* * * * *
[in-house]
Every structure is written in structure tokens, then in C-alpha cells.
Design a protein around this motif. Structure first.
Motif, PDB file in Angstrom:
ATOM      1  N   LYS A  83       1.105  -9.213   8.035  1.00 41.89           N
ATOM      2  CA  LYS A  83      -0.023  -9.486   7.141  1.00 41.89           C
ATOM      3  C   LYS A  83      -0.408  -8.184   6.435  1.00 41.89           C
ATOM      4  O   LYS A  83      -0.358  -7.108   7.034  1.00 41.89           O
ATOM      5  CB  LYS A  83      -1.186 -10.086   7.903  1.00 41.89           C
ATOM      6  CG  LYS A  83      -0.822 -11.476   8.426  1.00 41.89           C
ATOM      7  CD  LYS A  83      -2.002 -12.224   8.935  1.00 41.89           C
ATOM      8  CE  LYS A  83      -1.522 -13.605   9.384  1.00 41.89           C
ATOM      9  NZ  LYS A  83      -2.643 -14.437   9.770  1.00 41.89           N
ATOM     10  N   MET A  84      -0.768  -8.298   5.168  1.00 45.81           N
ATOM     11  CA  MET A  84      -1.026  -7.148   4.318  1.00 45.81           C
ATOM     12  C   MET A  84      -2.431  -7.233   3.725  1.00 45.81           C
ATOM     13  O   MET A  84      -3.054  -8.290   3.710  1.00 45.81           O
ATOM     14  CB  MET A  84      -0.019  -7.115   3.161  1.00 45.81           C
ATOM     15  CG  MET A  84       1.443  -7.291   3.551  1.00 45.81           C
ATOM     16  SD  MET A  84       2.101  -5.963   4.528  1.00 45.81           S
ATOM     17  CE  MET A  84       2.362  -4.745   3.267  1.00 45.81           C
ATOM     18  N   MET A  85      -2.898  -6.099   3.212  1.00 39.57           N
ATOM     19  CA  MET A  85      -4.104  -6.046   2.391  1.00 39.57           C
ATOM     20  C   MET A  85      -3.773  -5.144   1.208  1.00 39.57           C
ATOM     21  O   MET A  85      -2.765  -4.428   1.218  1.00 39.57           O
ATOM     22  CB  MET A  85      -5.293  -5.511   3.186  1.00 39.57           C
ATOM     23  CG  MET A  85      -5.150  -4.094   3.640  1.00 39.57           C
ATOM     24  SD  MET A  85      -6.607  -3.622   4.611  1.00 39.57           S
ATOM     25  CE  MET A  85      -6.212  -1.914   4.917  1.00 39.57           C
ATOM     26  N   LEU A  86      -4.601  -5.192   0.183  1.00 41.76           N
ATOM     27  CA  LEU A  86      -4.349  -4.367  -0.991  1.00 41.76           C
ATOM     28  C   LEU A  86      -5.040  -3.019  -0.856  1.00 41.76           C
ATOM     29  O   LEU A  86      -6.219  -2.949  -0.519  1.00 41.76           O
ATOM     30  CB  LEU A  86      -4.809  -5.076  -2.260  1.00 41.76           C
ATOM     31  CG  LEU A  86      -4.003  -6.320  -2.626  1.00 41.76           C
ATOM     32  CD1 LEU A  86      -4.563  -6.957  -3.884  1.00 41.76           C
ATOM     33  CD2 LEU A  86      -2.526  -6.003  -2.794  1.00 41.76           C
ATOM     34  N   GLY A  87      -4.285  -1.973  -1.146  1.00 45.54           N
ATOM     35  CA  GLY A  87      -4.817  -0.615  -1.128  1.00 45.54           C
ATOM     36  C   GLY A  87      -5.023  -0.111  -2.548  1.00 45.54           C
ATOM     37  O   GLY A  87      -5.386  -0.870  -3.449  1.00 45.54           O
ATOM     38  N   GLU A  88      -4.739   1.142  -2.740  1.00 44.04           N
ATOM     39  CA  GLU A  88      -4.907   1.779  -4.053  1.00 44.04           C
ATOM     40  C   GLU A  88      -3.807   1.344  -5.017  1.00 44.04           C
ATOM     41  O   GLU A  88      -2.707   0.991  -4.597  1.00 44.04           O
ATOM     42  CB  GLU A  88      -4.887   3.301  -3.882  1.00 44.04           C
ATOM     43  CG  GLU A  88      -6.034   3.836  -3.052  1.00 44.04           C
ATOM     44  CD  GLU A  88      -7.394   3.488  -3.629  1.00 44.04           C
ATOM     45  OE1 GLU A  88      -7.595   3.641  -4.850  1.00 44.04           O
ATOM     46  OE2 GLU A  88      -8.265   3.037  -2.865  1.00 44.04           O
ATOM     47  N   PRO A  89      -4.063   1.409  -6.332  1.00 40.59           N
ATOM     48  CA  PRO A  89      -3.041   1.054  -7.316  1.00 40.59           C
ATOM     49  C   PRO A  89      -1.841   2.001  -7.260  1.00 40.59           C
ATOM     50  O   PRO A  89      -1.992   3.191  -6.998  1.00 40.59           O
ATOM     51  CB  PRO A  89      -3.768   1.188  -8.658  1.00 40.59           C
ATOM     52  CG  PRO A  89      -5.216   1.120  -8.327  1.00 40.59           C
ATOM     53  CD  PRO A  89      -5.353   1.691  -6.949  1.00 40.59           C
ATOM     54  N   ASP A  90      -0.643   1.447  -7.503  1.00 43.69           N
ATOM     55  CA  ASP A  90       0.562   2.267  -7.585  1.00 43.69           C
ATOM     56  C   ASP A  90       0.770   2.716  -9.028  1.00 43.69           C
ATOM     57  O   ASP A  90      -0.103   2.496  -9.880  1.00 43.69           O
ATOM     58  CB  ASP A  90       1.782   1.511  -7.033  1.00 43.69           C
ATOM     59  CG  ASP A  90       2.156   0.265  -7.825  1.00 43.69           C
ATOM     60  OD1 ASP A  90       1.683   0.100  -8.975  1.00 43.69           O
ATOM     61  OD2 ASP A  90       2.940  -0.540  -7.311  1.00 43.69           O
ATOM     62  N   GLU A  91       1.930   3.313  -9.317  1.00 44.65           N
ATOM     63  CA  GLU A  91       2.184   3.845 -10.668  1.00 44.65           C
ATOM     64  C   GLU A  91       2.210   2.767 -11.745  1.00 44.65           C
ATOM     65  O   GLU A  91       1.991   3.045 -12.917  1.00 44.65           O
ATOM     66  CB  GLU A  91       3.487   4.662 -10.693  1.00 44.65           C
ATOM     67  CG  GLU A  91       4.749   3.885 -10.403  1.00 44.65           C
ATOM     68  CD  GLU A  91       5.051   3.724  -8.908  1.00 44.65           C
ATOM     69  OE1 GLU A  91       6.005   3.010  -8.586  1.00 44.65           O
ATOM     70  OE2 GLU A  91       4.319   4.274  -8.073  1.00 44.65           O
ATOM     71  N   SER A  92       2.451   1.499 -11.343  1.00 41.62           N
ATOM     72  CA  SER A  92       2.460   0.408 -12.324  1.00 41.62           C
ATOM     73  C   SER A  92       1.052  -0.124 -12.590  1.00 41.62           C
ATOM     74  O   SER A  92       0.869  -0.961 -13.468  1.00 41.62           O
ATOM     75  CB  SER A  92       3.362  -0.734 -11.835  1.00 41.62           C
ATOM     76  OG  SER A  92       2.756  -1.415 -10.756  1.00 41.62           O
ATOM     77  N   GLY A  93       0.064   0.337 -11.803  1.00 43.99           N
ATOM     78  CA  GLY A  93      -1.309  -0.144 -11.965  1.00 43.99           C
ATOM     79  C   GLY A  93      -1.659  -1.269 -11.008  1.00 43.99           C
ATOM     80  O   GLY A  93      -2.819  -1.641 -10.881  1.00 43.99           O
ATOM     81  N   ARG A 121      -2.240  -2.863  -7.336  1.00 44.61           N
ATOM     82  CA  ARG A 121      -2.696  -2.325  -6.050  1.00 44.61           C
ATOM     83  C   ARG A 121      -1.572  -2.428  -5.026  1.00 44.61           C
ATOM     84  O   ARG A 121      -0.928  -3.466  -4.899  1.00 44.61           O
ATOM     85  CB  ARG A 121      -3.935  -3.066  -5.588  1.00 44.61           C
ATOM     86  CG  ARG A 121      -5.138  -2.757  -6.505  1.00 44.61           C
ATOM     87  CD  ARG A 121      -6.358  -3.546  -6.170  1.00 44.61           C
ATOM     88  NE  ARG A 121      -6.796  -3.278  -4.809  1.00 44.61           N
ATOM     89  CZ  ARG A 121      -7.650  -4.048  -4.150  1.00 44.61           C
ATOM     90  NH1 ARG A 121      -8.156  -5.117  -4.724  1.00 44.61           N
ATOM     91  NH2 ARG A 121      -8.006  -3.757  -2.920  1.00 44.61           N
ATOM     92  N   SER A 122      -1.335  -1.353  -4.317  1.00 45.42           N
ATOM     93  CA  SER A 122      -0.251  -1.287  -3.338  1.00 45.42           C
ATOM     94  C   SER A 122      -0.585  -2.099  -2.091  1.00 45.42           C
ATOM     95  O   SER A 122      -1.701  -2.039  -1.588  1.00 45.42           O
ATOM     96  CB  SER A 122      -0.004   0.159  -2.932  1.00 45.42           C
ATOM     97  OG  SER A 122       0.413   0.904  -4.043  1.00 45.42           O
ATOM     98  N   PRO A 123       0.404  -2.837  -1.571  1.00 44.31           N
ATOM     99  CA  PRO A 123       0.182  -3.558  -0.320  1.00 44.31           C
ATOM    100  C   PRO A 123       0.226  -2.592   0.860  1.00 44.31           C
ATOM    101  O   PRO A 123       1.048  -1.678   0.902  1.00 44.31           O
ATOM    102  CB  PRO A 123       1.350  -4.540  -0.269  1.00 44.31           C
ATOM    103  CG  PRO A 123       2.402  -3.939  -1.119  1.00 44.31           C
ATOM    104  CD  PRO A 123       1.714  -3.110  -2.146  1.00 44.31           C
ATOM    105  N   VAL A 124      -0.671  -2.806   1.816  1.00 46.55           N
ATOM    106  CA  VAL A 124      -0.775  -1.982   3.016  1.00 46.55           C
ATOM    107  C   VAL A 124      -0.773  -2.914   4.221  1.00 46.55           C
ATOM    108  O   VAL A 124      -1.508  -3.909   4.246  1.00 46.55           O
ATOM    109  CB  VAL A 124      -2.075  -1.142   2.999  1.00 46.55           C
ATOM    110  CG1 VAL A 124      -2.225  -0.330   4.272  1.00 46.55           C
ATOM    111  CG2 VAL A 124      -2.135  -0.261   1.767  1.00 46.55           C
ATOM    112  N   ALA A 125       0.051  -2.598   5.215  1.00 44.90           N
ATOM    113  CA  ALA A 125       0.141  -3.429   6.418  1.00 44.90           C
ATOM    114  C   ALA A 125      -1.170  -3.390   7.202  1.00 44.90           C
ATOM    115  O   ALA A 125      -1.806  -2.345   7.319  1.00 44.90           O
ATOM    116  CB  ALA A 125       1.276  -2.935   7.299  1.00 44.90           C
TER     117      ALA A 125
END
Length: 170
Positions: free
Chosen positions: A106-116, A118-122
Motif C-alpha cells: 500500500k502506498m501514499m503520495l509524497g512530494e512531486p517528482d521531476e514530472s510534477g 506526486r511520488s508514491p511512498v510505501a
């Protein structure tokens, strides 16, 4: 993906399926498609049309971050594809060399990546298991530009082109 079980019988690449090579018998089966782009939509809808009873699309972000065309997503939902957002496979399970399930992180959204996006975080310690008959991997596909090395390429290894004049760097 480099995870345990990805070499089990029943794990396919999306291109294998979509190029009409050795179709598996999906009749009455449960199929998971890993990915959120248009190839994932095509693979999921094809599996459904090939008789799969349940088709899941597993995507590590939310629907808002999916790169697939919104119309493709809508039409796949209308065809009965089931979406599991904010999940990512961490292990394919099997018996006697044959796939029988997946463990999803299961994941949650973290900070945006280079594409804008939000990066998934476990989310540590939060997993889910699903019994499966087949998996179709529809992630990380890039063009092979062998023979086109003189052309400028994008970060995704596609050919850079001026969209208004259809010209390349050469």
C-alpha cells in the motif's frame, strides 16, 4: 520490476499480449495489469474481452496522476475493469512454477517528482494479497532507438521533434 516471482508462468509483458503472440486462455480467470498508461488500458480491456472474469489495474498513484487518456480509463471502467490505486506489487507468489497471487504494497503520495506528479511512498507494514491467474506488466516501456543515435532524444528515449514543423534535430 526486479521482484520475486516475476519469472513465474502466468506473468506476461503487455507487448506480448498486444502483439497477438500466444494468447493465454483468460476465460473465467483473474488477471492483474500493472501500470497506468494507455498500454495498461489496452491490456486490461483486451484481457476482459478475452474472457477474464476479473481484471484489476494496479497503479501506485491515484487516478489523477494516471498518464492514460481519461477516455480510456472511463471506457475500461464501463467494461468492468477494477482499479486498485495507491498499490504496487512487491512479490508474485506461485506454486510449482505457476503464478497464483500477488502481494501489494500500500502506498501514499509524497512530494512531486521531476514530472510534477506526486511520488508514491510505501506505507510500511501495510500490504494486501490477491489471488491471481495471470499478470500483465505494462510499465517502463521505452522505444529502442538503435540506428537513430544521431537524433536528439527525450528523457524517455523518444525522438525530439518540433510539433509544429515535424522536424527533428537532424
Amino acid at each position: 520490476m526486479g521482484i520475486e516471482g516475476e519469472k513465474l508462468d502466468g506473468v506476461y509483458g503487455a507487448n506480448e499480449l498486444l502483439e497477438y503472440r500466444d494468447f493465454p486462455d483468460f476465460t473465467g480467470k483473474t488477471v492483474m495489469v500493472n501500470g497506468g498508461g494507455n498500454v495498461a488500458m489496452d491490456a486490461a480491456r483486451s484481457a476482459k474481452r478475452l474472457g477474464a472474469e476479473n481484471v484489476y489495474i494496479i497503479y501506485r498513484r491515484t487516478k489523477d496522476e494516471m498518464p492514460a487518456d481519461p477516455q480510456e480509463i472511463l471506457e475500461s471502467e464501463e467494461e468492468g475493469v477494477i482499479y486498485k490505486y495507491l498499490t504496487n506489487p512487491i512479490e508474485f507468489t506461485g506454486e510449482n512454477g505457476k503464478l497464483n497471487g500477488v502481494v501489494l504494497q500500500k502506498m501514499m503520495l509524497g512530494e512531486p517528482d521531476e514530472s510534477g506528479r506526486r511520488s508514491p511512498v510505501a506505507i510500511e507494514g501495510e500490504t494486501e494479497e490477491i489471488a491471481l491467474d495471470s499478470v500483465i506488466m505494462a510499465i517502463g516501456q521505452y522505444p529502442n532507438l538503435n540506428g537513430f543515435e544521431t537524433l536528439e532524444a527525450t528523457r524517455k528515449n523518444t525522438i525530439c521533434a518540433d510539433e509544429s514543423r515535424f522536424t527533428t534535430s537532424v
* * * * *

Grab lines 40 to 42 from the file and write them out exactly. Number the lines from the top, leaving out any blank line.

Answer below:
ATOM     36  C   GLY A  87      -5.023  -0.111  -2.548  1.00 45.54           C
ATOM     37  O   GLY A  87      -5.386  -0.870  -3.449  1.00 45.54           O
ATOM     38  N   GLU A  88      -4.739   1.142  -2.740  1.00 44.04           N